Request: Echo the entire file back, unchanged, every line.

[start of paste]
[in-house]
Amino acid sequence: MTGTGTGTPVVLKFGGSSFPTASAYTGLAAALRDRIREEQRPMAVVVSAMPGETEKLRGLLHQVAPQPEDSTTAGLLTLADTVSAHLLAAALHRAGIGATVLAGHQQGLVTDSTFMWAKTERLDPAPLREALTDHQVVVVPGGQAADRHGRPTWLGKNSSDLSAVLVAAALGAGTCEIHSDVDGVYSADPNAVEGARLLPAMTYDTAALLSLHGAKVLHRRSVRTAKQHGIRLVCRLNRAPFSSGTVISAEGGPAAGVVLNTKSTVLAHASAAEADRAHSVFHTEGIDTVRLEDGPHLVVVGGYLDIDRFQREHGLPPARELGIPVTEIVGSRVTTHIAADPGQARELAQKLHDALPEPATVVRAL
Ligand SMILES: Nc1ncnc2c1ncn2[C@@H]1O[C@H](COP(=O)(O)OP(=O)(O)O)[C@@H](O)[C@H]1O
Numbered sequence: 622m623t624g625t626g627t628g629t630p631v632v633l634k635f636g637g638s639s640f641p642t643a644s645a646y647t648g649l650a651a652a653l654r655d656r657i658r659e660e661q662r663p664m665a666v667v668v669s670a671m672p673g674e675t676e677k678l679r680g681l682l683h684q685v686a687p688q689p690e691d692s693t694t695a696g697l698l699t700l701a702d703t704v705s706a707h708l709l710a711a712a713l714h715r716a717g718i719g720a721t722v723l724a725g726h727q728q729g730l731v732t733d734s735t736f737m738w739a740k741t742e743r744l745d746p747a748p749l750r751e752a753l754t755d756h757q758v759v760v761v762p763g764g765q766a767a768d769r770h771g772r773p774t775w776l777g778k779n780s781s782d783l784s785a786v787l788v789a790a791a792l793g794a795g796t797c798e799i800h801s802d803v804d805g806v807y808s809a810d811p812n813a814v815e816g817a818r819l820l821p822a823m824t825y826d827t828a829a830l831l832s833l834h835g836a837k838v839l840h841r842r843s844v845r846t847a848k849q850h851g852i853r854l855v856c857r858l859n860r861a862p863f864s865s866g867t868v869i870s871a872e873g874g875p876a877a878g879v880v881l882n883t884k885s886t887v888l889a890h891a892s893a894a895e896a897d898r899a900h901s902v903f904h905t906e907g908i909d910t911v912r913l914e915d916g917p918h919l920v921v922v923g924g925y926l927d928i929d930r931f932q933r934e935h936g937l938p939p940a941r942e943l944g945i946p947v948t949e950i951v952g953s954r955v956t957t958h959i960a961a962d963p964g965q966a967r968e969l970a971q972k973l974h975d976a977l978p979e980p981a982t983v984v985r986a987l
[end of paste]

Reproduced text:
[in-house]
Amino acid sequence: MTGTGTGTPVVLKFGGSSFPTASAYTGLAAALRDRIREEQRPMAVVVSAMPGETEKLRGLLHQVAPQPEDSTTAGLLTLADTVSAHLLAAALHRAGIGATVLAGHQQGLVTDSTFMWAKTERLDPAPLREALTDHQVVVVPGGQAADRHGRPTWLGKNSSDLSAVLVAAALGAGTCEIHSDVDGVYSADPNAVEGARLLPAMTYDTAALLSLHGAKVLHRRSVRTAKQHGIRLVCRLNRAPFSSGTVISAEGGPAAGVVLNTKSTVLAHASAAEADRAHSVFHTEGIDTVRLEDGPHLVVVGGYLDIDRFQREHGLPPARELGIPVTEIVGSRVTTHIAADPGQARELAQKLHDALPEPATVVRAL
Ligand SMILES: Nc1ncnc2c1ncn2[C@@H]1O[C@H](COP(=O)(O)OP(=O)(O)O)[C@@H](O)[C@H]1O
Numbered sequence: 622m623t624g625t626g627t628g629t630p631v632v633l634k635f636g637g638s639s640f641p642t643a644s645a646y647t648g649l650a651a652a653l654r655d656r657i658r659e660e661q662r663p664m665a666v667v668v669s670a671m672p673g674e675t676e677k678l679r680g681l682l683h684q685v686a687p688q689p690e691d692s693t694t695a696g697l698l699t700l701a702d703t704v705s706a707h708l709l710a711a712a713l714h715r716a717g718i719g720a721t722v723l724a725g726h727q728q729g730l731v732t733d734s735t736f737m738w739a740k741t742e743r744l745d746p747a748p749l750r751e752a753l754t755d756h757q758v759v760v761v762p763g764g765q766a767a768d769r770h771g772r773p774t775w776l777g778k779n780s781s782d783l784s785a786v787l788v789a790a791a792l793g794a795g796t797c798e799i800h801s802d803v804d805g806v807y808s809a810d811p812n813a814v815e816g817a818r819l820l821p822a823m824t825y826d827t828a829a830l831l832s833l834h835g836a837k838v839l840h841r842r843s844v845r846t847a848k849q850h851g852i853r854l855v856c857r858l859n860r861a862p863f864s865s866g867t868v869i870s871a872e873g874g875p876a877a878g879v880v881l882n883t884k885s886t887v888l889a890h891a892s893a894a895e896a897d898r899a900h901s902v903f904h905t906e907g908i909d910t911v912r913l914e915d916g917p918h919l920v921v922v923g924g925y926l927d928i929d930r931f932q933r934e935h936g937l938p939p940a941r942e943l944g945i946p947v948t949e950i951v952g953s954r955v956t957t958h959i960a961a962d963p964g965q966a967r968e969l970a971q972k973l974h975d976a977l978p979e980p981a982t983v984v985r986a987l